Another symptom of vitamin C deficiency is that wounds do not heal. Vitamin C levels are rapidly depleted in tissue surrounding an injury, indicating that it is necessary for the process of healing. The increased need for vitamin C is probably due to increased collagen synthesis in the skin, required to repair the wound. Vitamin C has other roles in healing, such as limiting the damage from free radicals created by the inflammatory response to injury, and promoting keratinocyte differentiation. Keratinocytes are the main cell type in the outer layer of skin.
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Vitamin C and Fat Metabolism
Vitamin C is an essential cofactor for the enzymes trimethyllysine dioxygenase and Gamma-butyrobetaine dioxygenase, which are active in the synthesis of L-carnitine. Carnitine, which is synthesised from the amino acids lysine and methionine, is essential for the transport of fatty acids across mitochondrial membranes so they can be metabolised through beta oxidation to produce energy. Hence vitamin C is vital for fat metabolism. It has been hypothesised that a shortage of the vitamin might make losing weight more difficult by slowing down the rate at which fat is broken down for energy
Other Enzyme Cofactor Roles of Ascorbic Acid
Vitamin C is an essential cofactor for three other enzymes which take part in the synthesis of neurotransmitters and in protein metabolism.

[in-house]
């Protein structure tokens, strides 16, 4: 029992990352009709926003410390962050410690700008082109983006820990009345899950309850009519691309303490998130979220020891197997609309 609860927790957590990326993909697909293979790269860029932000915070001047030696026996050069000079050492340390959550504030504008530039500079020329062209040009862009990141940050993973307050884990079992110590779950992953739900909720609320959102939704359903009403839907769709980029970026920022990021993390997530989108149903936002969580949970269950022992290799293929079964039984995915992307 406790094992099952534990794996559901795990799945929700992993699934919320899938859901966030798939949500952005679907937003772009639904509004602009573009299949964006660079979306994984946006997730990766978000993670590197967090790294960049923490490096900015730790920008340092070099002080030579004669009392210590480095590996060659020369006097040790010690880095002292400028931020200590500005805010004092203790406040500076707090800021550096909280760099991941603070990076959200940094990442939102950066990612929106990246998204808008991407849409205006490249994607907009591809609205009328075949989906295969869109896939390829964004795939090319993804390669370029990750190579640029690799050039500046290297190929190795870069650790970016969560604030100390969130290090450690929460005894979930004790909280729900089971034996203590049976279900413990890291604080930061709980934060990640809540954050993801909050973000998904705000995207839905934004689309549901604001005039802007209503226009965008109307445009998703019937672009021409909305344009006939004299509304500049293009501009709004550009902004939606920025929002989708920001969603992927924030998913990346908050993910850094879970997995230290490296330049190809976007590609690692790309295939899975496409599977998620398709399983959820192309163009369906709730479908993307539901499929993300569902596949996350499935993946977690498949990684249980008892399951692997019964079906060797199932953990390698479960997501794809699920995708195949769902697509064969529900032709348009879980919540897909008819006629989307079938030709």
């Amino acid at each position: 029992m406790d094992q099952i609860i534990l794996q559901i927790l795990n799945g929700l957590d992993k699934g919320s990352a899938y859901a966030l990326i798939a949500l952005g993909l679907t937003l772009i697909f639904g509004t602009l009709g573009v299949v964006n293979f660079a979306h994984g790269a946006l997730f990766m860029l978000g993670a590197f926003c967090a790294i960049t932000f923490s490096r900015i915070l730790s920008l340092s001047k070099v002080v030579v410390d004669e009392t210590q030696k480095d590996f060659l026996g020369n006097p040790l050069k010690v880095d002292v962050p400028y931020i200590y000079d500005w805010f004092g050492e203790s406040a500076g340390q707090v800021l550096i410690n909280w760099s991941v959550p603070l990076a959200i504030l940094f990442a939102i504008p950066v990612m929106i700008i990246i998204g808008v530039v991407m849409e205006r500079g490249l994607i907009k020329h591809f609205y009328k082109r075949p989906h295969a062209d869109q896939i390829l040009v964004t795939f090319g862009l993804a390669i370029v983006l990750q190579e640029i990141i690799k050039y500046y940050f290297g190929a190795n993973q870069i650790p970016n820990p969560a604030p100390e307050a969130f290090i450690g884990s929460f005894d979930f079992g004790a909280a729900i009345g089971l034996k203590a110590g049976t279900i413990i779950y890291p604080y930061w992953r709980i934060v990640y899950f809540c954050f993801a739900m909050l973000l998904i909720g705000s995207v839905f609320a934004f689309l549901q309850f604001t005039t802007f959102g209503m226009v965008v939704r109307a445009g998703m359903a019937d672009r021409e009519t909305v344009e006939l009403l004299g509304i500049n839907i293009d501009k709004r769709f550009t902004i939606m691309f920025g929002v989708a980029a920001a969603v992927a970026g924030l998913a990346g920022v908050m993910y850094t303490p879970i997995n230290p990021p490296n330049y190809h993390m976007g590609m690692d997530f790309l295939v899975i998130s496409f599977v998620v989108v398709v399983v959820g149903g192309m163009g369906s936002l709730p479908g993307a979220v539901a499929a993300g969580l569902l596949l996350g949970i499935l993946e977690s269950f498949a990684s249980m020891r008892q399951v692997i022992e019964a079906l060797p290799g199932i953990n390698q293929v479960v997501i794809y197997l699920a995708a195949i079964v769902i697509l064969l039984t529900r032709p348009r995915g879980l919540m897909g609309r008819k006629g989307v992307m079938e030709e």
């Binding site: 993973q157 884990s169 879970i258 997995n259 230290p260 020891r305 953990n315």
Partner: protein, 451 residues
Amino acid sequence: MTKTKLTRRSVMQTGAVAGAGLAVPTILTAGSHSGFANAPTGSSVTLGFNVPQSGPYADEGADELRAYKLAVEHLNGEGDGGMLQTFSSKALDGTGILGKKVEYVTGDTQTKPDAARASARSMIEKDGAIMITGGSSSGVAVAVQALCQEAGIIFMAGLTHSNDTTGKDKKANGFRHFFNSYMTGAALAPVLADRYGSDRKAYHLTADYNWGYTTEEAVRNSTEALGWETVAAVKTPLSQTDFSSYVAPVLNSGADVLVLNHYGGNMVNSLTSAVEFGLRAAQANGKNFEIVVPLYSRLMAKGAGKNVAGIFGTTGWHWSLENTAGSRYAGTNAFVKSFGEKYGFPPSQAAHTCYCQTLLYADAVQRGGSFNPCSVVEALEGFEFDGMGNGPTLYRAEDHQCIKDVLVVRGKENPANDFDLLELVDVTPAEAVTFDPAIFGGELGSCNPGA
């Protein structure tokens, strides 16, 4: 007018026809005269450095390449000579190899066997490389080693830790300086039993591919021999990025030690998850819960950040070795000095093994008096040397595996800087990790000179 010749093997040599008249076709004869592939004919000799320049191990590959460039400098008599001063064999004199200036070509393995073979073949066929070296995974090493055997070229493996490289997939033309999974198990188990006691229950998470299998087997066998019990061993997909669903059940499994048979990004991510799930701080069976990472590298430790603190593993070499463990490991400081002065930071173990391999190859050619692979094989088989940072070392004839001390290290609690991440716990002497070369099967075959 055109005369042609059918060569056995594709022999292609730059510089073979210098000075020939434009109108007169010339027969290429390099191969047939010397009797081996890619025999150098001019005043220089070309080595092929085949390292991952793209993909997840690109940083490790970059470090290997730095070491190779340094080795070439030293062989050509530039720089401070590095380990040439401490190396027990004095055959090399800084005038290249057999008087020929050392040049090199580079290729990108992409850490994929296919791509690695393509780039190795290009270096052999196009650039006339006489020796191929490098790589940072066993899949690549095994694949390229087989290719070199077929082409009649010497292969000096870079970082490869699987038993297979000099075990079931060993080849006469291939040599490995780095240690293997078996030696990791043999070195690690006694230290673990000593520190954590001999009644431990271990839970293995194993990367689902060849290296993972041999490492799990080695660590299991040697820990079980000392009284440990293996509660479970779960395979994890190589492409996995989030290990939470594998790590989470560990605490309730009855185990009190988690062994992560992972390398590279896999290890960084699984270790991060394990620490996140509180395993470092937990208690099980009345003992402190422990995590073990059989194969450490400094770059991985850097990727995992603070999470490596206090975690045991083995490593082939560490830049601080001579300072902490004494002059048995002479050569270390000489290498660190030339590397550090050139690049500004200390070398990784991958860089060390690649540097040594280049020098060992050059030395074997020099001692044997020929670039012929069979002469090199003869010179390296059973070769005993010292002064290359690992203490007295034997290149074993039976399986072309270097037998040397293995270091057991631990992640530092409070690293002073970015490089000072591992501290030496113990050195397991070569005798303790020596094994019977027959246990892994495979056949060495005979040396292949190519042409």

It acts as a cofactor for dopamine beta hydroxylase, an enzyme which converts dopamine to norepinephrine. Norepinephrine, also known as noradrenaline, is a neurotransmitter, when released from neurones in the sympathetic nervous system, it increases the heart rate. In the brain it acts on the amygdala, where attention and responses to threats are co-ordinated. It is a stress hormone and co-ordinates the body’s fight-or-flight response. It is possible that the fatigue and lassitude associated with the vitamin C deficiency disease, scurvy, might be explained by an inability to produce sufficient norepinephrine
Peptidyl-glycine alpha-amidating monooxygenase is another enzyme that is dependent on ascorbic acid as an electron donor. It catalyzes the addition of amide groups to peptide hormones.
Ascorbic acid is also a cofactor of 4-Hydroxyphenylpyruvate dioxygenase, which is necessary for the breakdown of tyrosine, and the control of the levels of tyrosine in the blood. Tyrosine is an amino acid, and a precursor to neurotransmitters, especially dopamine and norepinephrine.